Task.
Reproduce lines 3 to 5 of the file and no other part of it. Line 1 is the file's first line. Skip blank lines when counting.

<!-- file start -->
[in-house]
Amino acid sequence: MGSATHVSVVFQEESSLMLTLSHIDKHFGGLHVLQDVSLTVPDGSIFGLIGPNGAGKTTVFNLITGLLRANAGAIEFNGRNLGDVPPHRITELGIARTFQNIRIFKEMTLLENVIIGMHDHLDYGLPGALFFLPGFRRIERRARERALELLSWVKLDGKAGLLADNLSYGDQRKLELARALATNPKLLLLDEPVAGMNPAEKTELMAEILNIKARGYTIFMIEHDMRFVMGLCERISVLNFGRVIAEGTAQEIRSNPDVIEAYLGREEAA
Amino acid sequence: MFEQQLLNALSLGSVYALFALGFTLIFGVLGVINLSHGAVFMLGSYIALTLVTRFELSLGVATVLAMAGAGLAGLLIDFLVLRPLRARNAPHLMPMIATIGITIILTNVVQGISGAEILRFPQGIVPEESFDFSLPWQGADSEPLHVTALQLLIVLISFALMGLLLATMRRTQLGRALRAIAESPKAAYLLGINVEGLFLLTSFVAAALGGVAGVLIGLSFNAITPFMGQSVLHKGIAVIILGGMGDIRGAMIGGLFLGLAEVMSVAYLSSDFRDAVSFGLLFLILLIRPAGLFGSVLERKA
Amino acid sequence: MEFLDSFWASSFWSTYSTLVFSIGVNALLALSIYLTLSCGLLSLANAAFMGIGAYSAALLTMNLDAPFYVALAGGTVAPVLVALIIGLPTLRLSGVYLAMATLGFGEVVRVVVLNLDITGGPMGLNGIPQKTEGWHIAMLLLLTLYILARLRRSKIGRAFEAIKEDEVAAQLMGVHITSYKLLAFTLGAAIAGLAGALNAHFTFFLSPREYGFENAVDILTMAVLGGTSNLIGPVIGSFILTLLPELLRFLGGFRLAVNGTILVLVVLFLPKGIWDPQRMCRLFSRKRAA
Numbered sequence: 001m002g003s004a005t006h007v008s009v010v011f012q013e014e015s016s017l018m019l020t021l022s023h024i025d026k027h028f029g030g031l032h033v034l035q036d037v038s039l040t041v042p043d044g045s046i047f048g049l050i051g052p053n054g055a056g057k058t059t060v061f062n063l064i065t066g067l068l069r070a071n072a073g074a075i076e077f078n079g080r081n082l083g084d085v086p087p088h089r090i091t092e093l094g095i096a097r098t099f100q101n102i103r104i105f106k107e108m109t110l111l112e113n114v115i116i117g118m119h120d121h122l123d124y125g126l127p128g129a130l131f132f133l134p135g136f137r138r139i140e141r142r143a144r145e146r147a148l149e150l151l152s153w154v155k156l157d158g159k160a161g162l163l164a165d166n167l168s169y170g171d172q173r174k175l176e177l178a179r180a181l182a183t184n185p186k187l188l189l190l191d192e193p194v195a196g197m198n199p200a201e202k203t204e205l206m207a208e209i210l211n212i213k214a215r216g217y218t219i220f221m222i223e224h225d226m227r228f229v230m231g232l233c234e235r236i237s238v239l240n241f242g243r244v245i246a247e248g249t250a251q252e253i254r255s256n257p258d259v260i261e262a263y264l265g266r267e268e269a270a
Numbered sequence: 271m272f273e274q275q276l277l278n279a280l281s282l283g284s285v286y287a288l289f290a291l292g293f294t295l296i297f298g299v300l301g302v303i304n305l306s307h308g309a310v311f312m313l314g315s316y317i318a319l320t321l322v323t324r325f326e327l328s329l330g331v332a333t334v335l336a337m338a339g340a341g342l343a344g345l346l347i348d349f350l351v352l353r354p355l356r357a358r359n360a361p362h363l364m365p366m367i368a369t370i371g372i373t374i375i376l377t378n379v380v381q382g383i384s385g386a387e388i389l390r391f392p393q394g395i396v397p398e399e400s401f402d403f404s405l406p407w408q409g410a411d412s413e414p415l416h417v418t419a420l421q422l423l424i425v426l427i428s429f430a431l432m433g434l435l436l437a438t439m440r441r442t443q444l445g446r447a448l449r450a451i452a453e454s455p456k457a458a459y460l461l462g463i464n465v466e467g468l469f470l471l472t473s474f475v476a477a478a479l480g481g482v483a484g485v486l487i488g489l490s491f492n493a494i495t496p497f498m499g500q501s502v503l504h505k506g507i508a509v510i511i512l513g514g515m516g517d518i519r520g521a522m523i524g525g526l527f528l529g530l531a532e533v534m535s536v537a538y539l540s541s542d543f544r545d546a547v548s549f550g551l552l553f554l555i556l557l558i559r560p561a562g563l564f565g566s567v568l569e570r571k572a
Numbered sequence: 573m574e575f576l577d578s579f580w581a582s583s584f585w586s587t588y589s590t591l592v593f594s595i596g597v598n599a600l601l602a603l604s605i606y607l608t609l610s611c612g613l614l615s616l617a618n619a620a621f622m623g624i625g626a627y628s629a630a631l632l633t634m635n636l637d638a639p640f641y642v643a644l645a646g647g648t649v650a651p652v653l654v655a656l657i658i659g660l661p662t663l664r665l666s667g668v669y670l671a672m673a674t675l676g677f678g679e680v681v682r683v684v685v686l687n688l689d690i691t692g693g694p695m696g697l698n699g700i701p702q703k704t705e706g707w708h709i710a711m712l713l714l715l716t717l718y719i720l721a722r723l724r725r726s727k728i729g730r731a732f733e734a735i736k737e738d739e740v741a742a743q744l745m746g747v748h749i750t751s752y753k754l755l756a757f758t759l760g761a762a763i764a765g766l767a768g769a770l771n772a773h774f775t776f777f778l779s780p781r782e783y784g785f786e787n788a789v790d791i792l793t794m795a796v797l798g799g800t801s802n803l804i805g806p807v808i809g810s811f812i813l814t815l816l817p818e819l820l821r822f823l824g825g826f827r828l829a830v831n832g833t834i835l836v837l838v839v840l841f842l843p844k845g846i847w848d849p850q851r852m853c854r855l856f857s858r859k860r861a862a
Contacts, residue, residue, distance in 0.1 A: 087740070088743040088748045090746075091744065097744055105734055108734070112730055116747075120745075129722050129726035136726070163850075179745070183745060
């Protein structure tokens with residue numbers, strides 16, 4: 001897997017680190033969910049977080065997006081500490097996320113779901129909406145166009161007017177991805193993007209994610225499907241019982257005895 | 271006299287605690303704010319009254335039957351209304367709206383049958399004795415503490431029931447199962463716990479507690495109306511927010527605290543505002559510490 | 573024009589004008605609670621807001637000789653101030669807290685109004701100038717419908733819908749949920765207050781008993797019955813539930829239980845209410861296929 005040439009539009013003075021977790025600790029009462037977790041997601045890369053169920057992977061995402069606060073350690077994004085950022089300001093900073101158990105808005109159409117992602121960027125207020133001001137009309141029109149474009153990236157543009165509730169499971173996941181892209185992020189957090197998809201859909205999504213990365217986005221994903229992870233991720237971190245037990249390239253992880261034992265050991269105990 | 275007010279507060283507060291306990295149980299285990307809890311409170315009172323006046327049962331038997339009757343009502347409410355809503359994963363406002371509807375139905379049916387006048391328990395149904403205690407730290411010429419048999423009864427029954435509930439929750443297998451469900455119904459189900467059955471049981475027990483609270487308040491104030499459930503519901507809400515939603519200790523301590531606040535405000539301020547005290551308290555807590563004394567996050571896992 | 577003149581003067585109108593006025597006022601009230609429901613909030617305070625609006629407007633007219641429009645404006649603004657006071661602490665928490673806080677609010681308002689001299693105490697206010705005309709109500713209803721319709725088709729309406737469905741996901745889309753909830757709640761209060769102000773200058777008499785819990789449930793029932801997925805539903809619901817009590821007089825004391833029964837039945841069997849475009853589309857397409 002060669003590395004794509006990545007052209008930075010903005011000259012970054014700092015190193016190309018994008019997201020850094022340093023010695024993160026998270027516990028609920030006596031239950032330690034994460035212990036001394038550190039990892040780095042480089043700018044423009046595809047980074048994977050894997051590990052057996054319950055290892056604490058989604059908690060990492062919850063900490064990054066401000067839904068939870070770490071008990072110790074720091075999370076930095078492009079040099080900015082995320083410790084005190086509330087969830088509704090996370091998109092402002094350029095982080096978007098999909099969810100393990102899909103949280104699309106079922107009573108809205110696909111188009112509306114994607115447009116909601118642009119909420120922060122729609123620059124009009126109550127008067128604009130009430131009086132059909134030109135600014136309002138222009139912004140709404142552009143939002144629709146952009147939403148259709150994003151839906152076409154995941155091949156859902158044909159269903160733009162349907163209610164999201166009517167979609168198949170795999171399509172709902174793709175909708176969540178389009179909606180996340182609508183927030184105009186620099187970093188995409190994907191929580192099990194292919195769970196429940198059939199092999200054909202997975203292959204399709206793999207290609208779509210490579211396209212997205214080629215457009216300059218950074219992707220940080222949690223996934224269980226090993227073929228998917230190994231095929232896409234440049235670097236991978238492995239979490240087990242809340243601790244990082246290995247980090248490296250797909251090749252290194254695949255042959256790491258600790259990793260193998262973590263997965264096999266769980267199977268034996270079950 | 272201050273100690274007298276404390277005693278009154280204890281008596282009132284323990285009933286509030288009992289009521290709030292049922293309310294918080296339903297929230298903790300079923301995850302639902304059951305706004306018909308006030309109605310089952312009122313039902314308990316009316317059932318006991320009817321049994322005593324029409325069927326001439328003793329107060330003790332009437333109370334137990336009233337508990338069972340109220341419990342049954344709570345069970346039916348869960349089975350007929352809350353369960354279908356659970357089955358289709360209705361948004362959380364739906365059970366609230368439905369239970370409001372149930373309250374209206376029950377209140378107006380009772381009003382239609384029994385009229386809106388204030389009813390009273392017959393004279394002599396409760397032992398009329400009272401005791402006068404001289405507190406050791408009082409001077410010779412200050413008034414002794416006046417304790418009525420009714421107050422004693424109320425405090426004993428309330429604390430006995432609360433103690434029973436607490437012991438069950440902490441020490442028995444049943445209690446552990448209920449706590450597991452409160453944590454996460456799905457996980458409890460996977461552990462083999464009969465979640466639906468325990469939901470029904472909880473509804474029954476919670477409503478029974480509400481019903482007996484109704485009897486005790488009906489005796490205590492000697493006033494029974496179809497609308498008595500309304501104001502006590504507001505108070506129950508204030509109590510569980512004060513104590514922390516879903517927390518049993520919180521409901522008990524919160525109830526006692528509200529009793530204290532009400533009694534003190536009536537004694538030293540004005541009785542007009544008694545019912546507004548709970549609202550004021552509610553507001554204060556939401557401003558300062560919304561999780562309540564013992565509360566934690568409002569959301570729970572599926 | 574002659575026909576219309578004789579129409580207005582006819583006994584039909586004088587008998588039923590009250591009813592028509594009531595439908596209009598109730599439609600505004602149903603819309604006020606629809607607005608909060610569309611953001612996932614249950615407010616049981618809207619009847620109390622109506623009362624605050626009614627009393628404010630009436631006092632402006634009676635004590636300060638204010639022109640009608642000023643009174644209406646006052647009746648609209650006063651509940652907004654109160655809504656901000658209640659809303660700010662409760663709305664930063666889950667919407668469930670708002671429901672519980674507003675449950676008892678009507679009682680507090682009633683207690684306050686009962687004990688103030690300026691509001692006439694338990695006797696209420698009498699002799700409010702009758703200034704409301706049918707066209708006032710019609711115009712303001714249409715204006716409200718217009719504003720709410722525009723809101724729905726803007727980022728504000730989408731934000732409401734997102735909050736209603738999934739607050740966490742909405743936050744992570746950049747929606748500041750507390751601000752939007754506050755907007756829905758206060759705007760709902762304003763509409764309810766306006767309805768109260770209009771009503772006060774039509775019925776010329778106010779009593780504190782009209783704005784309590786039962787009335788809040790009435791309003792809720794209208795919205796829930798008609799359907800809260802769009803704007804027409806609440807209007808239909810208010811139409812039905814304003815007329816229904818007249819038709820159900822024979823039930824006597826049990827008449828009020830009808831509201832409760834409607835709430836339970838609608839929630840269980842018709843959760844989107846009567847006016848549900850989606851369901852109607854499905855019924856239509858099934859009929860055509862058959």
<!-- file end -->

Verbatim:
Amino acid sequence: MFEQQLLNALSLGSVYALFALGFTLIFGVLGVINLSHGAVFMLGSYIALTLVTRFELSLGVATVLAMAGAGLAGLLIDFLVLRPLRARNAPHLMPMIATIGITIILTNVVQGISGAEILRFPQGIVPEESFDFSLPWQGADSEPLHVTALQLLIVLISFALMGLLLATMRRTQLGRALRAIAESPKAAYLLGINVEGLFLLTSFVAAALGGVAGVLIGLSFNAITPFMGQSVLHKGIAVIILGGMGDIRGAMIGGLFLGLAEVMSVAYLSSDFRDAVSFGLLFLILLIRPAGLFGSVLERKA
Amino acid sequence: MEFLDSFWASSFWSTYSTLVFSIGVNALLALSIYLTLSCGLLSLANAAFMGIGAYSAALLTMNLDAPFYVALAGGTVAPVLVALIIGLPTLRLSGVYLAMATLGFGEVVRVVVLNLDITGGPMGLNGIPQKTEGWHIAMLLLLTLYILARLRRSKIGRAFEAIKEDEVAAQLMGVHITSYKLLAFTLGAAIAGLAGALNAHFTFFLSPREYGFENAVDILTMAVLGGTSNLIGPVIGSFILTLLPELLRFLGGFRLAVNGTILVLVVLFLPKGIWDPQRMCRLFSRKRAA
Numbered sequence: 001m002g003s004a005t006h007v008s009v010v011f012q013e014e015s016s017l018m019l020t021l022s023h024i025d026k027h028f029g030g031l032h033v034l035q036d037v038s039l040t041v042p043d044g045s046i047f048g049l050i051g052p053n054g055a056g057k058t059t060v061f062n063l064i065t066g067l068l069r070a071n072a073g074a075i076e077f078n079g080r081n082l083g084d085v086p087p088h089r090i091t092e093l094g095i096a097r098t099f100q101n102i103r104i105f106k107e108m109t110l111l112e113n114v115i116i117g118m119h120d121h122l123d124y125g126l127p128g129a130l131f132f133l134p135g136f137r138r139i140e141r142r143a144r145e146r147a148l149e150l151l152s153w154v155k156l157d158g159k160a161g162l163l164a165d166n167l168s169y170g171d172q173r174k175l176e177l178a179r180a181l182a183t184n185p186k187l188l189l190l191d192e193p194v195a196g197m198n199p200a201e202k203t204e205l206m207a208e209i210l211n212i213k214a215r216g217y218t219i220f221m222i223e224h225d226m227r228f229v230m231g232l233c234e235r236i237s238v239l240n241f242g243r244v245i246a247e248g249t250a251q252e253i254r255s256n257p258d259v260i261e262a263y264l265g266r267e268e269a270a